You'll have to visit this vast stretch of desert to see The Man burn.
Black Rock Desert, Nevada
Credit: Keith Owens/Getty Images

Burning Man 2017 returned on August 27 to Nevada's Black Rock Desert, the location where the festival has been held for the last 28 years.

The first Burning Man ceremony was in 1986, on San Francisco's Baker Beach. It wasn't until 1990 that the burning of the now-iconic Man moved from Baker Beach to Black Rock Desert (and the beach bonfire evolved into a full-fledged arts event).

This region of northwestern Nevada is one of the largest, flattest surfaces on Earth; it's a barren, cracked-Earth landscape that can reach daytime temperatures of 110 degrees Fahrenheit in the summer.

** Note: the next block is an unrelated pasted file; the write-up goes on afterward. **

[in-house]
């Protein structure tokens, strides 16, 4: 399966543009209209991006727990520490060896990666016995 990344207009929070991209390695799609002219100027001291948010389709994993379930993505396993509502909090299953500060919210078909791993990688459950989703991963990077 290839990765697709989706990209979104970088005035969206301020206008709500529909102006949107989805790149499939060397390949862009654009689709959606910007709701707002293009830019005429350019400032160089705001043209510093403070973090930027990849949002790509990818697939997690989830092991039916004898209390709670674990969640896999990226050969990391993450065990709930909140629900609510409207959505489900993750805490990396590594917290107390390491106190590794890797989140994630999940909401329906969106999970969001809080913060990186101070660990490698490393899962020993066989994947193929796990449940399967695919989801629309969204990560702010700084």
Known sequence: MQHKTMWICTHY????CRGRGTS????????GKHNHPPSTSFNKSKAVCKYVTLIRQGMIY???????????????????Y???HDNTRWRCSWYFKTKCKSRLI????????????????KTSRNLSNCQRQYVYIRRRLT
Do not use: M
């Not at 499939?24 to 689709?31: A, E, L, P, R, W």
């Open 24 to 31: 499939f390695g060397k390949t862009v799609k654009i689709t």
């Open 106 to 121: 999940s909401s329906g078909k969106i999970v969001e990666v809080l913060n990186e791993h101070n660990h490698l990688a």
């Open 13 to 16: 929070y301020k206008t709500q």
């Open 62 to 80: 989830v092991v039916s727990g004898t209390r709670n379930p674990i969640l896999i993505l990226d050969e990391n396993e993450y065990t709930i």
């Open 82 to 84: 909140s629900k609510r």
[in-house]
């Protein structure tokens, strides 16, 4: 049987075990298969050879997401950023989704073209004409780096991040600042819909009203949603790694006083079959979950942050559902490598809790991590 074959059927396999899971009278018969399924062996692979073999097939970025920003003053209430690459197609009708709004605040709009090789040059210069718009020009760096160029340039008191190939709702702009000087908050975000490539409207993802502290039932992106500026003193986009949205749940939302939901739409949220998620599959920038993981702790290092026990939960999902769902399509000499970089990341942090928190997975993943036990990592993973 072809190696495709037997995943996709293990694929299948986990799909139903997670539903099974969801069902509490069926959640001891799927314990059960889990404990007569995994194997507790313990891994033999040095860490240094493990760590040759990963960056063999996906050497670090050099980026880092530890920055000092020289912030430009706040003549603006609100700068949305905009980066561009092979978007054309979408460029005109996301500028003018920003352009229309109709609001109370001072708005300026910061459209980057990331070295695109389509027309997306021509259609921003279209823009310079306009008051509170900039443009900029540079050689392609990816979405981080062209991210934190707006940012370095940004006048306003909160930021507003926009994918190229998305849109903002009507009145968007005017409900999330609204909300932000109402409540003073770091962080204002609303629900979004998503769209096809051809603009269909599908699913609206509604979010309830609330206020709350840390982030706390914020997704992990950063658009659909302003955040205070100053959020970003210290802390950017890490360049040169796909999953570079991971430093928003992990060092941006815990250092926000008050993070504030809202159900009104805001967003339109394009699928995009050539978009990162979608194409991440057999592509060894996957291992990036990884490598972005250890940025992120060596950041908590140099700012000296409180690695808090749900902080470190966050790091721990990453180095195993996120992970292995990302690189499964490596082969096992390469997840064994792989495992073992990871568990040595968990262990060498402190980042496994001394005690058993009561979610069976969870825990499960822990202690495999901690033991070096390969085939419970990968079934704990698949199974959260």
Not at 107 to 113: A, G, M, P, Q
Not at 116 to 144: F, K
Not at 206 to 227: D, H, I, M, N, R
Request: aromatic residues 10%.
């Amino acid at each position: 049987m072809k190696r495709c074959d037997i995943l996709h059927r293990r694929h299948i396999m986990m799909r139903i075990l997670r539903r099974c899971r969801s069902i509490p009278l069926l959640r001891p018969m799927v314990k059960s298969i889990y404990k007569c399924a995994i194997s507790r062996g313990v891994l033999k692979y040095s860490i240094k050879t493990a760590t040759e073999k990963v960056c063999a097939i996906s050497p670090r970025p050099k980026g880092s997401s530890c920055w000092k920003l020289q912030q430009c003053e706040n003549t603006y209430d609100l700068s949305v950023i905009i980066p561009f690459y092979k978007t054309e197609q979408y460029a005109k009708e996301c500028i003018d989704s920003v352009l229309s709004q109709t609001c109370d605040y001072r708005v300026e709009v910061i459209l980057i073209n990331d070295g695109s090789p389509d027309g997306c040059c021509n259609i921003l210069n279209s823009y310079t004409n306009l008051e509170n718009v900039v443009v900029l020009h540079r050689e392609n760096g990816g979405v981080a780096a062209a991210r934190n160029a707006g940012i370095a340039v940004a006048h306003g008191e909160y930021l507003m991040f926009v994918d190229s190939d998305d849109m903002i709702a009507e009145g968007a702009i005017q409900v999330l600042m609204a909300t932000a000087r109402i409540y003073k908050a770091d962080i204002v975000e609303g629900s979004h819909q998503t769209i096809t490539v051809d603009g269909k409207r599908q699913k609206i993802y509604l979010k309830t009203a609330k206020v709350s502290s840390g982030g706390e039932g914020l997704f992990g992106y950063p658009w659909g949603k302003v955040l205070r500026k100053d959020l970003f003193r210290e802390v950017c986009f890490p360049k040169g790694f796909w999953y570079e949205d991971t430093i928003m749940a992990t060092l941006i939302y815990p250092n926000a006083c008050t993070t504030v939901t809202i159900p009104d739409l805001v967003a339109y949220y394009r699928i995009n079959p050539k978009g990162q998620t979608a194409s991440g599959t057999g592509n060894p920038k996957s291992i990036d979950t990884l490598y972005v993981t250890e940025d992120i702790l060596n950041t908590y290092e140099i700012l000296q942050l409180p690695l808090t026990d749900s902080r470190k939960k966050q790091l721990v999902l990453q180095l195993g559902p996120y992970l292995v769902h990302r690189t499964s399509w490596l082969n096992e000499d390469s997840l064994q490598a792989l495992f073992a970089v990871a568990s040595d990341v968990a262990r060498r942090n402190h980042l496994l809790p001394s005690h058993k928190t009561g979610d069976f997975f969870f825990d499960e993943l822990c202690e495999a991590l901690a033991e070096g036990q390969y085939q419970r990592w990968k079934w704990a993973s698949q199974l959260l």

Every year, tens of thousands of people head to the Black Rock Desert for Burning Man. (At its peak in 2013, nearly 70,000 people attended the event.)

Burning Man participants live in Black Rock City — a temporary metropolis that sprouts up on the playa of the Black Rock Desert every year. Many travelers take flights to Burning Man by way of Reno-Tahoe International Airport.

From here, approved planes charter participants to Block Rock City Municipal Airport – though a majority drive to Burning Man. Reno is the closest major city, and Burners can take one of two routes to Black Rock City.

Whether you take the Wadsworth/Pyramid Lake Exit or the Pyramid Way Exit to Highway 445, all Burning Man-bound drivers will eventually find themselves on a rural, two-lane highway from Gerlach — the closest permanent settlement.

Travelers may also opt for the Burner Express Bus, which shuttles participants between Reno and San Francisco. Some have even been known to charter private helicopter flights.

Burning Man can only be found during the annual event.

When the event ends on September 4, the Man, the temple, and the entire city will be burned to the ground or dismantled.